Veterinary practices report that during the summer months, they see significantly more cats who have injured themselves falling out of windows. These emergencies occur across the globe. Austrian veterinarian Dr. Roswitha Steinbacher has reported that every year during the warmer months, the Clinic for Small Animals at the University of Veterinary Medicine in Vienna treats some 70 to 80 cats suffering from bone fractures or internal injuries following open-window accidents. In the U.S., injurious warm-weather feline falls from windows, balconies, and fire escapes are frequent enough that veterinarians have a name for the problem: high-rise syndrome.
Cats don’t “jump” from high places, says the ASPCA. Rather, their incredible ability to focus — on a bird, an insect, something else — makes them distracted, so they lose their footing. And, contrary to popular belief, serious wounds can ensue — everything from the bursting of lung tissue that causes air to leak into the chest to a broken leg or pelvis, shattered jawbone, teeth fractures, and traumatic brain injuries.
It’s true that cats have an incredible ability to right themselves midair so that they land on their feet. But if they are falling only two or three stories, they may not have the time to regain their balance. And whether falling from the second floor or the tenth, their agility doesn’t always protect them. Consider that when a cat falls from a high floor, he might be able to correct his body position and land on his feet, “but often their legs can’t hold the bounce,” Dr. Steinbacher points out. “Their joints are heavily bended, single bones break, and the cat’s head and thorax [chest] hit the ground.” A study at the veterinary clinic in Vienna suggests accidents are more frequent among younger cats. And male cats are the ones who tend to fall from very high places. But no cat is danger-free.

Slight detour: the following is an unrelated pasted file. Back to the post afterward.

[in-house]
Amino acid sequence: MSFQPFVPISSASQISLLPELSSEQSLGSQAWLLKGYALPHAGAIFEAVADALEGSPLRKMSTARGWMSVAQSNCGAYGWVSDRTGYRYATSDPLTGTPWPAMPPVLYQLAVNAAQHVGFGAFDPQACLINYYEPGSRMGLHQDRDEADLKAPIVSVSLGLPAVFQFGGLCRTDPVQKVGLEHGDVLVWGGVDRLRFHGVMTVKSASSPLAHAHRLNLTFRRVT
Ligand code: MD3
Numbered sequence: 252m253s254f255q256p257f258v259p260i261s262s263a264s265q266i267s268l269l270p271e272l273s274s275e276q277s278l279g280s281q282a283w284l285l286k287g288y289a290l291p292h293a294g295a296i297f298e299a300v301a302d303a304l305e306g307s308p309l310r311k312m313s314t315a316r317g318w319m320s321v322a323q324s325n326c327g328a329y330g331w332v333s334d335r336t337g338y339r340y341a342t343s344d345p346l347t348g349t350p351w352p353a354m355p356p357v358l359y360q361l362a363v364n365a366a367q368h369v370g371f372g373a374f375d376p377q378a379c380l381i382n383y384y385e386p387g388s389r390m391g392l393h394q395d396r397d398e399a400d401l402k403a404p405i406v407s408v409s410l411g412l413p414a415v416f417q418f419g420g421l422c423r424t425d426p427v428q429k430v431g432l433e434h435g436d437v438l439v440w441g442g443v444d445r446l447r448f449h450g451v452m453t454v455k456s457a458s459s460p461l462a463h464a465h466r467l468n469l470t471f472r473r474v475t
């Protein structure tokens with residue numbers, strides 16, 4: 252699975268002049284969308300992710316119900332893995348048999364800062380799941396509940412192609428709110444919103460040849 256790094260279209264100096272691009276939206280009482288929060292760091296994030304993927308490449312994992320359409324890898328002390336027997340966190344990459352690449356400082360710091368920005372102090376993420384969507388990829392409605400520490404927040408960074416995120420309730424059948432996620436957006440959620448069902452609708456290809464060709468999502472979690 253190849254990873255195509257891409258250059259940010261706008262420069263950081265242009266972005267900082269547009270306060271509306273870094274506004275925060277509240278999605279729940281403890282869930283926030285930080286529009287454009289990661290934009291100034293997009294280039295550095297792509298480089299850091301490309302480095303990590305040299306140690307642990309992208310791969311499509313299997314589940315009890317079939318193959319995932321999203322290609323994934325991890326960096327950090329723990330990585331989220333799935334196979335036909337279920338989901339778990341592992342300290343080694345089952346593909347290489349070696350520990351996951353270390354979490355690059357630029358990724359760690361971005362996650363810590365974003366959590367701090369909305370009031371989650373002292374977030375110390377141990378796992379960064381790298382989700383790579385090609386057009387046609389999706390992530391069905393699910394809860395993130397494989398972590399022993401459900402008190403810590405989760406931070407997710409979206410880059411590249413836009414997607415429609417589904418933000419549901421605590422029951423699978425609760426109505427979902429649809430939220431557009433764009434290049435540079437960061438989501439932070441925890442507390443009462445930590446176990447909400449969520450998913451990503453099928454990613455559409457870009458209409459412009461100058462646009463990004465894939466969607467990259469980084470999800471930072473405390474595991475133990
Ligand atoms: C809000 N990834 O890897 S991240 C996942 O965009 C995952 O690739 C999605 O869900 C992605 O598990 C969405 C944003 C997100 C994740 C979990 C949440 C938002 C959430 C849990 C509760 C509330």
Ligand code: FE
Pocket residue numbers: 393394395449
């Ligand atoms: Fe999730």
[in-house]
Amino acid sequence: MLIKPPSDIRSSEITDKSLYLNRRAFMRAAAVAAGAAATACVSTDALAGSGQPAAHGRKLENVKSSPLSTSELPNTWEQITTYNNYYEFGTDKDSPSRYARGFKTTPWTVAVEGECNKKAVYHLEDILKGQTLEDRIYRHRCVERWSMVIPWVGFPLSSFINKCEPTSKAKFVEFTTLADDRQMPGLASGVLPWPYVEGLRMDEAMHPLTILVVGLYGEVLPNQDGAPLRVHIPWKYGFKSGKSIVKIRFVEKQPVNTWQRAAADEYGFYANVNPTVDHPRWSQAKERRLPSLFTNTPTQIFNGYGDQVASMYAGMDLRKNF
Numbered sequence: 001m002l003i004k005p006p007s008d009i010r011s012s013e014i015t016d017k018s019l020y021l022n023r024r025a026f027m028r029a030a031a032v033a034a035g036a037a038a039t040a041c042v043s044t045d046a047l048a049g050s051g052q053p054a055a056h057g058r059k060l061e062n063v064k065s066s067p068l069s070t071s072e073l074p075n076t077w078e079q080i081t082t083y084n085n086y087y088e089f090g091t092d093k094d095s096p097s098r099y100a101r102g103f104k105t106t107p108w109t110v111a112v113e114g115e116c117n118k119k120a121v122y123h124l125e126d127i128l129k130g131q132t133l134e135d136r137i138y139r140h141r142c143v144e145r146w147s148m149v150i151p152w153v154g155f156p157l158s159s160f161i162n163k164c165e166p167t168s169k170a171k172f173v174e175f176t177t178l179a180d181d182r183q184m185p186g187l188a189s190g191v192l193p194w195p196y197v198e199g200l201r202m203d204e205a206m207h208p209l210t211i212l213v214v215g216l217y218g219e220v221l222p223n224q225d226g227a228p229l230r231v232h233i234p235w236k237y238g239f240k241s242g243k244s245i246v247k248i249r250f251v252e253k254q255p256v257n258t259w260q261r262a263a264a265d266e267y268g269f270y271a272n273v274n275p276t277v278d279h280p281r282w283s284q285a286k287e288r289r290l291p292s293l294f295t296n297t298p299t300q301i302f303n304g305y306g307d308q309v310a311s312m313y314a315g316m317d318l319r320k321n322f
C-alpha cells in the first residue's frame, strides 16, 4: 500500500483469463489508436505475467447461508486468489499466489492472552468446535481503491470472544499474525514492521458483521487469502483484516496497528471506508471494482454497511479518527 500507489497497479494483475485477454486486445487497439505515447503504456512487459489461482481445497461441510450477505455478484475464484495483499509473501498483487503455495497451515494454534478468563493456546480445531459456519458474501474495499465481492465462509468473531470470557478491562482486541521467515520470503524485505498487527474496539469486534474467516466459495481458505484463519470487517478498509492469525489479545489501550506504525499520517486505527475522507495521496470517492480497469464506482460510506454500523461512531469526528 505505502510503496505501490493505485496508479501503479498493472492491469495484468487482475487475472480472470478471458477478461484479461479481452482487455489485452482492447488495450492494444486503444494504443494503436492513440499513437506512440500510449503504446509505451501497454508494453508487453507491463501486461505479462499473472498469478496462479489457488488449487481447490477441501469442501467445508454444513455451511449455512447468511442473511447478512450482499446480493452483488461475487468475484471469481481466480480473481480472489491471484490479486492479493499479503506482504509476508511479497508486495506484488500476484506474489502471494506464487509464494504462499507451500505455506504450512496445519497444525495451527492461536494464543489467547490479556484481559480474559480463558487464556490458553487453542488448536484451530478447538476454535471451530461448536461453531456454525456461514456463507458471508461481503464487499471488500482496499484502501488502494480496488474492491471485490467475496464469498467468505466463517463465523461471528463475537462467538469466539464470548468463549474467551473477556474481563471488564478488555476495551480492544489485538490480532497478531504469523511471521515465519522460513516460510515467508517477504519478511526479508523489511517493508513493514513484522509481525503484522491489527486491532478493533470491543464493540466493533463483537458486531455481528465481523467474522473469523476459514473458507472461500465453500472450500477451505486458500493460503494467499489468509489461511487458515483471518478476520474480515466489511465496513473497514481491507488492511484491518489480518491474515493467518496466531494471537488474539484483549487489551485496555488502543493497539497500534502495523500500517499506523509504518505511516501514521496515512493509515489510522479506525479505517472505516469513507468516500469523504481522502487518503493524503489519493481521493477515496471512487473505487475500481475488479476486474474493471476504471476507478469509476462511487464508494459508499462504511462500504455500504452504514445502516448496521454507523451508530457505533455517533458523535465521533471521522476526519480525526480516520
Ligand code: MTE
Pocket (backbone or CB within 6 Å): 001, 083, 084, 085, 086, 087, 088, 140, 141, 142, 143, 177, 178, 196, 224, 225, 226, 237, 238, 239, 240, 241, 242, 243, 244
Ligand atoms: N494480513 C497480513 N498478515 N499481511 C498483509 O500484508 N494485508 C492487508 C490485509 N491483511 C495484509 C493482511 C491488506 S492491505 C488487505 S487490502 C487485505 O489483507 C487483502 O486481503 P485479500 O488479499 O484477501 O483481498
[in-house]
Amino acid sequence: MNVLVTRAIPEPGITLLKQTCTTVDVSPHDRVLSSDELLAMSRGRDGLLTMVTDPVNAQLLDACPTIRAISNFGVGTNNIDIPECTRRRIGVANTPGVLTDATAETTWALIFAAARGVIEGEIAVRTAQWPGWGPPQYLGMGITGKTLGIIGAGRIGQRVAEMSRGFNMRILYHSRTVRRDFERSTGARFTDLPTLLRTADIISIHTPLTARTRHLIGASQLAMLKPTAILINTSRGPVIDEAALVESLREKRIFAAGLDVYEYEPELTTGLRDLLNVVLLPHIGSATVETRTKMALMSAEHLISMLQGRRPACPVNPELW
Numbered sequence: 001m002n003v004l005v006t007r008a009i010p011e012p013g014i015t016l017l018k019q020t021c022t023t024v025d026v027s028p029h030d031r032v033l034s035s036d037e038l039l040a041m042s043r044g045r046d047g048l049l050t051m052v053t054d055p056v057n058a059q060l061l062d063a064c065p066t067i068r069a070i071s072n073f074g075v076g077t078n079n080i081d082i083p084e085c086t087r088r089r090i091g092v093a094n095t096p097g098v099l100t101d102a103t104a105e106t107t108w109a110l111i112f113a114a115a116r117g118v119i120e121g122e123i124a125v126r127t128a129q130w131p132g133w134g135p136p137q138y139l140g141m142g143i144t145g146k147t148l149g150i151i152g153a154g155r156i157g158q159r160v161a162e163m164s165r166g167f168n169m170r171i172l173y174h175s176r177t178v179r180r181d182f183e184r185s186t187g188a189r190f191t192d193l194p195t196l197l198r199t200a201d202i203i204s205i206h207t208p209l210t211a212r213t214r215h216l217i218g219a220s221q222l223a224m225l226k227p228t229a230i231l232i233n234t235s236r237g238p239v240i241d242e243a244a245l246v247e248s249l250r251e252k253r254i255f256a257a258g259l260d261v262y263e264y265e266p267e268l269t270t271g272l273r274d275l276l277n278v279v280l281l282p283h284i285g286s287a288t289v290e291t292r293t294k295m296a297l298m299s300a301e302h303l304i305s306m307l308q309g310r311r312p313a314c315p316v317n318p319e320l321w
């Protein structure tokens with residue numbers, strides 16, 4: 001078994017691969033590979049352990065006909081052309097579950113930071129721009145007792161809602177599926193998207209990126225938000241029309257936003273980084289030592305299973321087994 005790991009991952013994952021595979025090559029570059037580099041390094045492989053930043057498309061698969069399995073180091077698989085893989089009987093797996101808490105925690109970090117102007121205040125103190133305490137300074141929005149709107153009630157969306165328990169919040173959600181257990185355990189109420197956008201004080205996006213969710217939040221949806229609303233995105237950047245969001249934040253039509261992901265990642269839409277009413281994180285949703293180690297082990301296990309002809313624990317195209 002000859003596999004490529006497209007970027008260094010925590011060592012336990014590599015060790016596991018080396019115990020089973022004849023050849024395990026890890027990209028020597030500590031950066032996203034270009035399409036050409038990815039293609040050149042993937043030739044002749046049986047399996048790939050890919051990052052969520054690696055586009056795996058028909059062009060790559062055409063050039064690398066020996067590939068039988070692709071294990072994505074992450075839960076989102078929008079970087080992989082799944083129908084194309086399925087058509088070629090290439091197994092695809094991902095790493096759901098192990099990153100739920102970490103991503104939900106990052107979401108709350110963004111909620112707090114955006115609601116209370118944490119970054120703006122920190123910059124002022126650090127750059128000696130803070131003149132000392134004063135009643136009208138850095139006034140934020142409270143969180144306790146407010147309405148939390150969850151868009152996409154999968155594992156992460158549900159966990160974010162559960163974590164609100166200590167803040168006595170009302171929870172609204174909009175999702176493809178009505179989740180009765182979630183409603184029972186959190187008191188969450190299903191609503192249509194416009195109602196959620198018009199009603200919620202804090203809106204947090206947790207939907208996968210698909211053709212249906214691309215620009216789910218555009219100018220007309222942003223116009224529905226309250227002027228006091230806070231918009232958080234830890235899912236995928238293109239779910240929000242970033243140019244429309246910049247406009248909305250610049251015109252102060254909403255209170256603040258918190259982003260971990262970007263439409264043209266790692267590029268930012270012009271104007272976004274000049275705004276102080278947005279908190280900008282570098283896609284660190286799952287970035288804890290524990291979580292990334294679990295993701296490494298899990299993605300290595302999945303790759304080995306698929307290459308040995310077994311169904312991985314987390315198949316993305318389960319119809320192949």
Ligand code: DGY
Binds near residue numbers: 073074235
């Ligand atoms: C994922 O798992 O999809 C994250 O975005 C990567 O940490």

Safety measures are critical
In Austria, cat owners are legally bound to protect their cats from plunging from windows or balconies. It’s not hard to do. Make sure all your windows have screens that you keep down, and be certain that they’re all installed snugly and tightly. Furthermore, if they are adjustable, they need to be tightly wedged into window frames.
Firmly push your hand against all your window screens. If they are not properly secured, you might be surprised at how easily some of them pop out. (Note: childproof window guards do not provide adequate protection — cats can slip through them.)
Fire escapes should be off limits along with open windows. So should balconies, terraces, and lanais that cannot be adequately secured with a grill or that a cat can jump to and then perch on.
If your cat does fall out of a window or from another spot, take him to the veterinarian right away, even if it was from a low floor. You want to make sure he doesn’t have any internal injuries or other problems that you might not be able to detect on your own.
Fortunately, there is a 90 percent survival rate for feline high-rise victims if they receive immediate and proper attention, according to a study in the Journal of the American Veterinary Medical Association. Unfortunately, the cost of treatment in serious cases can range from $2,000 to more than $5,000. Pets who have sustained injuries might require supplemental oxygen therapy, a surgery or two, and perhaps a temporary feeding tube, along with heavy doses of medication to relieve severe pain. It’s much better to go the prevention route than the treatment route.